Summary of “When a College Takes on American Poverty”

Lowery-Hart is the president of Amarillo College, a community college on the Texas Panhandle, and he had driven seven hours down to Waco to participate in a two-day, two-night simulation of homelessness run by a religious charity, in the hopes of more deeply relating to his many students who live in poverty.
What separates Amarillo College from most of its peers is not any particular program, but how much it focuses on addressing the effects of poverty.
As the college experiments, it is the students in poverty who are taking the biggest gamble.
If not college, what is the path for the students whom Amarillo College is trying to lift out of poverty? People can’t securely raise a family on a minimum-wage job.
A professor referred Pruett to the Advocacy and Resource Center, or ARC, the nucleus of the college’s poverty work, where a small team including Herrera helps hundreds of students each semester through their financial and life crises, marshals the college’s own resources, and hustles to connect students to every possible community or government program.
A gift from a local bank, for example, funded a renovation project that made space for the ARC. Perhaps less typical is that the Amarillo College Foundation is relatively well off with $43 million in assets, and it gave the college and its students over $3 million for the 2015-2016 school year.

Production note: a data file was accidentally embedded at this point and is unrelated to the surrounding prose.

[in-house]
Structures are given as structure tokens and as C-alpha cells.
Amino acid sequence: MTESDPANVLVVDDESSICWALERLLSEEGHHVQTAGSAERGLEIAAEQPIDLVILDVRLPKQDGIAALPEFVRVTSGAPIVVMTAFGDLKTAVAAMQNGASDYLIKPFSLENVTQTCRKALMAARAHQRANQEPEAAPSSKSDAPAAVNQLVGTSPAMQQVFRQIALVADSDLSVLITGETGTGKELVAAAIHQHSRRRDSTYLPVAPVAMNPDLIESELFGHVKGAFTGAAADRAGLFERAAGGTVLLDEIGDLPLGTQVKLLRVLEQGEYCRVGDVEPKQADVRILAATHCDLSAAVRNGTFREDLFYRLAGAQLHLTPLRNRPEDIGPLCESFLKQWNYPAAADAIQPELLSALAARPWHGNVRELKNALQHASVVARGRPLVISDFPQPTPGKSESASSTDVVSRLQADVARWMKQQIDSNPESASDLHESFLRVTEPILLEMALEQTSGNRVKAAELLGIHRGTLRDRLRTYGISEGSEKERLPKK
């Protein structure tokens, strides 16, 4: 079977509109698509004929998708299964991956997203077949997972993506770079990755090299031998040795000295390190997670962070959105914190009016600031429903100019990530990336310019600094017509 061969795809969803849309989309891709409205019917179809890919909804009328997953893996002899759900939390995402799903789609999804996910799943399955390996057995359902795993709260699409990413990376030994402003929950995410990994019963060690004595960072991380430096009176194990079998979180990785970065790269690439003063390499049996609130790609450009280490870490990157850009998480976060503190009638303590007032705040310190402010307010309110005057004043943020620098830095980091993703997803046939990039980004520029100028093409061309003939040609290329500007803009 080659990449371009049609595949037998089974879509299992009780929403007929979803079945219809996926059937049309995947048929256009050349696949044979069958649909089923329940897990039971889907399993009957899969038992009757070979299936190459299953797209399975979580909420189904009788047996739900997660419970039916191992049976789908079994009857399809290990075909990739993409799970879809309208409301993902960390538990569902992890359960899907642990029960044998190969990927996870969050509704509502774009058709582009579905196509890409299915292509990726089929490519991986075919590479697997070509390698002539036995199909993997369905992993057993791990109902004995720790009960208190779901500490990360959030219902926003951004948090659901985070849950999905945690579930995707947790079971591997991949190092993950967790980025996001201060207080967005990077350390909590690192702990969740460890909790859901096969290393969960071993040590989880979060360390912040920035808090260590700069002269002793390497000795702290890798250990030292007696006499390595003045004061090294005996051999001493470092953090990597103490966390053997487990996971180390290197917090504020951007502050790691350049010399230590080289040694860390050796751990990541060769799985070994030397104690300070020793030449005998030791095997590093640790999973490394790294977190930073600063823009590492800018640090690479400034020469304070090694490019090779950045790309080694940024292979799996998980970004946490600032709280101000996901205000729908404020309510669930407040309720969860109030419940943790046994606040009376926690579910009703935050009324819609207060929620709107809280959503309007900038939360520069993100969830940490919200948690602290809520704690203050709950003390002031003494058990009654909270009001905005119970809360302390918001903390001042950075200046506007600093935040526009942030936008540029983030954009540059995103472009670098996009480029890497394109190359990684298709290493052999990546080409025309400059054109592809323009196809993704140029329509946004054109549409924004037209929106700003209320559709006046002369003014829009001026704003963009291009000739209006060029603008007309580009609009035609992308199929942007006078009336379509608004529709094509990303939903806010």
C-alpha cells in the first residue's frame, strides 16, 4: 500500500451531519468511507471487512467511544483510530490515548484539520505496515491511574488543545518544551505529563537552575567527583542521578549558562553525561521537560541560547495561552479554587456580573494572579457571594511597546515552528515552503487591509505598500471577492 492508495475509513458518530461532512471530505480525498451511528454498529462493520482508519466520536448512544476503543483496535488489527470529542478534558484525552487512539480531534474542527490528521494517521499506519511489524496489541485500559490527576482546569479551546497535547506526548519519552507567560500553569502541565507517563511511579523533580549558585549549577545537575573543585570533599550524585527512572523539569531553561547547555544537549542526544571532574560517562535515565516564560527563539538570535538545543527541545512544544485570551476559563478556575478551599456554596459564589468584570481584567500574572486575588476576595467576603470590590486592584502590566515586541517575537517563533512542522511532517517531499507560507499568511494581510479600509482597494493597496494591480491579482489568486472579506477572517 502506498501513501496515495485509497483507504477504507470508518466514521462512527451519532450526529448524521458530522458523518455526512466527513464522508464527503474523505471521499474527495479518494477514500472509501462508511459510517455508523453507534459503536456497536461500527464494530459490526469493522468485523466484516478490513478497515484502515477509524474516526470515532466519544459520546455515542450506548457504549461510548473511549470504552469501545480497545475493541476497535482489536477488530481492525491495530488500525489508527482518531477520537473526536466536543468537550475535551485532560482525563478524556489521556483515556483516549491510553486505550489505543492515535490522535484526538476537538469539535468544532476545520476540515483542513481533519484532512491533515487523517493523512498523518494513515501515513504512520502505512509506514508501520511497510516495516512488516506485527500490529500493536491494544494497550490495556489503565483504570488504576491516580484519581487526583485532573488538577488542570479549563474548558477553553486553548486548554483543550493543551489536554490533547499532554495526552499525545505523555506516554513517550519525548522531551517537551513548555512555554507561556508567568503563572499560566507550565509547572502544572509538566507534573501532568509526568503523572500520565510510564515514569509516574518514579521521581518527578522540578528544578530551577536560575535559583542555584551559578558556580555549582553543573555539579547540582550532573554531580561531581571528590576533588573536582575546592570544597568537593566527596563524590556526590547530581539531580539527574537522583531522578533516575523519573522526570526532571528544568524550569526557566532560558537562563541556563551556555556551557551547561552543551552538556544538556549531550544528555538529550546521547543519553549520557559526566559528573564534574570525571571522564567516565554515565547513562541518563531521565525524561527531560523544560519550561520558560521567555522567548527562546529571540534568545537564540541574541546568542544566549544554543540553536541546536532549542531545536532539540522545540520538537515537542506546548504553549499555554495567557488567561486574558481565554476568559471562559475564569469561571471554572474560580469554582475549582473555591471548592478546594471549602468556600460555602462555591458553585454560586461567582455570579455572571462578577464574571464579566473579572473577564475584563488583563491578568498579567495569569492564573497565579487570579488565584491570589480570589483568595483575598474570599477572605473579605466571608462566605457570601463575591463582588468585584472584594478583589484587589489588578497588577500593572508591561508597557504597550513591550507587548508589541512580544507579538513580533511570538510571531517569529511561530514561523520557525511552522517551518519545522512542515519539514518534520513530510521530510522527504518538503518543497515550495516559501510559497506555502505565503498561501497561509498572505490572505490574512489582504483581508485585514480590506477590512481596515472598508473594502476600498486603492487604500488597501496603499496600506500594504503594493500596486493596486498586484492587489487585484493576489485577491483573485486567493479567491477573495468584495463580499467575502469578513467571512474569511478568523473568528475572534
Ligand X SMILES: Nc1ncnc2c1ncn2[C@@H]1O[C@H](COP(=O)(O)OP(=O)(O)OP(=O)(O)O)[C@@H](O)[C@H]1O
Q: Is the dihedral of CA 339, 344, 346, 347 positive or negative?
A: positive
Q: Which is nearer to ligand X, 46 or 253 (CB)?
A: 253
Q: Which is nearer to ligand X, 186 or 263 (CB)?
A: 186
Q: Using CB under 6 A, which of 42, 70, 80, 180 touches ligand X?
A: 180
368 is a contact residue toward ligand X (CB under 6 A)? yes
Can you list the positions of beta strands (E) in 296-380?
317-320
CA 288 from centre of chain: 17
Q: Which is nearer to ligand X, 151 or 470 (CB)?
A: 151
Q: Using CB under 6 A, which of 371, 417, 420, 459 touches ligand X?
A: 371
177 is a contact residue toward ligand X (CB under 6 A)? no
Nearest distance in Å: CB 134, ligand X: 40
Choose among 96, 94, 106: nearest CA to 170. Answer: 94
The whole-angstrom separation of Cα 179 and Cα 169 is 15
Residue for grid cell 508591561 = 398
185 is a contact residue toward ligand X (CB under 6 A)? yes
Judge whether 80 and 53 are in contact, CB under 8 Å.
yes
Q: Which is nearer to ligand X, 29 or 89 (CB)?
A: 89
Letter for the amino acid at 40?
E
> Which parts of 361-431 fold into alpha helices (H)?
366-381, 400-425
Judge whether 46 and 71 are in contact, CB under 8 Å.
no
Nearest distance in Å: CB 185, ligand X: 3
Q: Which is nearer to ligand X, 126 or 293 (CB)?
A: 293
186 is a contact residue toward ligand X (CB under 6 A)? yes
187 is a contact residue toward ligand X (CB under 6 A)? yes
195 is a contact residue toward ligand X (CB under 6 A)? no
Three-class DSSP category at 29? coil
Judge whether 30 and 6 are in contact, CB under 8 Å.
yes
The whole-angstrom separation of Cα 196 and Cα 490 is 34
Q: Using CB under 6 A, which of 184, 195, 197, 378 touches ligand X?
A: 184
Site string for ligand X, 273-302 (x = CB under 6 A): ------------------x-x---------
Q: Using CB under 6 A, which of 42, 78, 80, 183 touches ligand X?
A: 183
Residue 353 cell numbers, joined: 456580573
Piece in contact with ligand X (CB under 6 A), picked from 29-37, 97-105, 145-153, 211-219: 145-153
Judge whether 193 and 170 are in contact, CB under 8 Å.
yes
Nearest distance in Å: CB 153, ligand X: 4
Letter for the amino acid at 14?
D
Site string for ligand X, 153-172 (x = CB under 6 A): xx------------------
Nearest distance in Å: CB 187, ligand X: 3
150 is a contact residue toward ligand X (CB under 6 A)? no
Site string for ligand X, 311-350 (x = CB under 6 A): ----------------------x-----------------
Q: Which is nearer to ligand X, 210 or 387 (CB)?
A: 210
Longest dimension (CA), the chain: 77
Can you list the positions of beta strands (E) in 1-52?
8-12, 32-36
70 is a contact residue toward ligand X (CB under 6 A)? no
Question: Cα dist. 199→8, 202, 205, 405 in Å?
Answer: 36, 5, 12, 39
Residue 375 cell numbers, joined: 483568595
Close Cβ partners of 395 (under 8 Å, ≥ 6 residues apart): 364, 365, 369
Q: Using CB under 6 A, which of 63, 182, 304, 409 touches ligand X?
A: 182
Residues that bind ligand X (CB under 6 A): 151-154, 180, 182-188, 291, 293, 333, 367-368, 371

Other aspects of the college’s poverty agenda lack evidence of systemic improvement, including the ARC. The college can point to students for whom help from the ARC clearly made the difference between dropping out and graduating, including Justin Allen, the single dad who was at the lunch with Pruett and Lowery-Hart.
In a society that offers so little support for a community-college education, and where growing up in poverty guarantees immense disadvantages, there’s only so much even visionary college leaders can do.

The orginal article.